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Quilting Tote Bag Tutorial

 This Scraptastic Quilted Tote shows off your pretty scraps, and you don't even have to buy new fabric to gussy it up. The strip of colorful fabric in the middle makes this tote bag look very stylish and professional, as well as different from the look of other homemade quilted handbags.


Today, I'm sharing a simple, fun scraptastic tote bag tutorial, perfect for any of the ladies on your Christmas list, from little girls to mothers-in-law!  Never made a bag before?  No worries, I'm going to break it down into simple, easy steps for you.  You can do this!!

Scraptastic Tote Tutorial

You'll need:
1/2 yd neutral linen (54" wide WOF) or 3/4 yd quilting weight fabric (44" WOF)
1/2 yd lining fabric of your choice
1/2 fusible fleece
Various scraps from your scrap bins, trimmed down to a total of 18 - 3" squares


 1. Let's cut some fabric!
From your linen, cut:
* 2 - 4.75" x 14" rectangles
* 2 - 8" x 14" rectangles
* 4 - 3" x 20" strips for straps

From your scraps, cut:
* 18 - 3" squares
* 6 - 2" x 3" rectangles for straps

From your lining, cut:
* 2 - 13.5" x 15.5" rectangles

From your fusible fleece, cut:
* 2 - 14" x 16" rectangles

2. Next, let's make the patchwork strip to go across the front and back.  We're going to make two 9-patch blocks, then slice them up, as you would to make a disappearing 9-patch block, but rather than piecing them back together into a block, we're going to piece them together in a strip.  Start by laying out your 18 squares into two 9-patch blocks in a manner that's pleasing to you.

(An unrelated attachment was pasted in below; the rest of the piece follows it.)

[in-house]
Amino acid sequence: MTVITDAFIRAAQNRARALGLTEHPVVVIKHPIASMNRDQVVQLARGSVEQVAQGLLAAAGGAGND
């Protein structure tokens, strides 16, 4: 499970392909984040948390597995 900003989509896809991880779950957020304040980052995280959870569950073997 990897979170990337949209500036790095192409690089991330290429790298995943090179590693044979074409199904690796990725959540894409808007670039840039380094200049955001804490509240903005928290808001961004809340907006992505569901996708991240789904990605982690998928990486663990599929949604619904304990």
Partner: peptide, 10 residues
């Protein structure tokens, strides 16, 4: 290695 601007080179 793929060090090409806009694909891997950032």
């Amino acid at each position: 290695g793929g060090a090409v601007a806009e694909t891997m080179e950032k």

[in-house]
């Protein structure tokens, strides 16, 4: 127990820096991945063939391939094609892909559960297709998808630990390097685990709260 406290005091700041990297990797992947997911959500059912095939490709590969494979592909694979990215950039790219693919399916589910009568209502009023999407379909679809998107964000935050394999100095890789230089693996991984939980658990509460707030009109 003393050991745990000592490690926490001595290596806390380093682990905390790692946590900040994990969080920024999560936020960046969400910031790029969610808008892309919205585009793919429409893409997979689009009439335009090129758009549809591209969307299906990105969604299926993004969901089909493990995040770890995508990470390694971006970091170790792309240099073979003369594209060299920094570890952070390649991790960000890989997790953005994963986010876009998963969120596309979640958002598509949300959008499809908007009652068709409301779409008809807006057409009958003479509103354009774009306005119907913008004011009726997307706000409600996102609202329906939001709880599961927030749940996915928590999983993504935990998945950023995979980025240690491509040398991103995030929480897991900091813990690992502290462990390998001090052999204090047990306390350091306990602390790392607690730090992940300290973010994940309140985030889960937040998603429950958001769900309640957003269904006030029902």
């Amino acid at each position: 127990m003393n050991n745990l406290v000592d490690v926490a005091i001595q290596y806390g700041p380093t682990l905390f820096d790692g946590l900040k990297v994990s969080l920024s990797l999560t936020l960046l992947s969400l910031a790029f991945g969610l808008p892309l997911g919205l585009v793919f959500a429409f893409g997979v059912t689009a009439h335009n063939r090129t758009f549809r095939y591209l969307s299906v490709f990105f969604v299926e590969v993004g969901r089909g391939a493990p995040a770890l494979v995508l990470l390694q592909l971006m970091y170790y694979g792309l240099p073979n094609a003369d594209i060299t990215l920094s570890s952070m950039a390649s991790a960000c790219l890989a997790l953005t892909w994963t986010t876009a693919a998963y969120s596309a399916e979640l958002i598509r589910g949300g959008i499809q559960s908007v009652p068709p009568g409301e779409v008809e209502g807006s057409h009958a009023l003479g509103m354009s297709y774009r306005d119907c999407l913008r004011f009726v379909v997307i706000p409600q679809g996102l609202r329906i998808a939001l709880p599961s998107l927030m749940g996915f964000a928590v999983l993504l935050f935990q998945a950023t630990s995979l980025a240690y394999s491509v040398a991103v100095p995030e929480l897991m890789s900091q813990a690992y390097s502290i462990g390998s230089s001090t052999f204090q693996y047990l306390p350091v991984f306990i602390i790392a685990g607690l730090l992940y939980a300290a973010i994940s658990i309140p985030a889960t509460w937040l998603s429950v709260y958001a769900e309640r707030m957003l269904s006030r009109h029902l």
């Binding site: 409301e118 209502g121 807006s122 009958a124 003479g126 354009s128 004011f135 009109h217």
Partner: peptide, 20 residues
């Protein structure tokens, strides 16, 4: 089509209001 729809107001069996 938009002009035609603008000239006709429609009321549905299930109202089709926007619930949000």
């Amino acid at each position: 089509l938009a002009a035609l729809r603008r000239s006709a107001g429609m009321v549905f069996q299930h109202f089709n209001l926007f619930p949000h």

3. Take the two far left squares of each row first and seam together, lining up right sides together, using a 1/4" seam.  Press your seams open, then add the remaining square for each row.


4. Piece your three rows together for each block to finish off each block, matching up your seams as you go.  Press seams open and place on your cutting mat. 


5. Cut your blocks into four equal pieces - at the 4" point both lengthwise and widthwise.  Then lay your newly cut blocks into two strips of four blocks each.


6. Seam your patchwork strips together, matching raw edges and using a 1/4" seam.  Press your seams open.


7. Next, take one of your 4.75" by 14" linen pieces and use a 1/4" seam to attach to the top of your first patchwork strip.  Repeat with the second strip of patchwork, and press seams open.  Then, add your 8" x 14" linen piece and seam to the bottom of your first patchwork strip, again using a 1/4" seam. 
Repeat with the second patchwork strip and press all seams open.  We will use one of these finished linen and patchwork pieces as a bag front and one as the bag back.


8. Make sure your iron is plenty hot and lay your fusible fleece with the fusible side up.  Lay your pieced bag front on top of the fleece and press carefully, making sure to fuse the fleece to your patchwork.  Press firmly, as some linen is a little resistant to fusible interfacings. 

Alternatively, you can do the opposite and lay your patchwork right side down and then place your fusible fleece on top, and press firmly, it's up to you.  My linen was giving me tough time, so I did the opposite method.


9. Let's make the bag lining, now that we've got the front and back of the bag taken care of.  Start by placing your lining fabrics right sides together and pin along the two long sides first.  Then, along the bottom of the lining, pin together, leaving a 5" - 6" opening to turn the bag.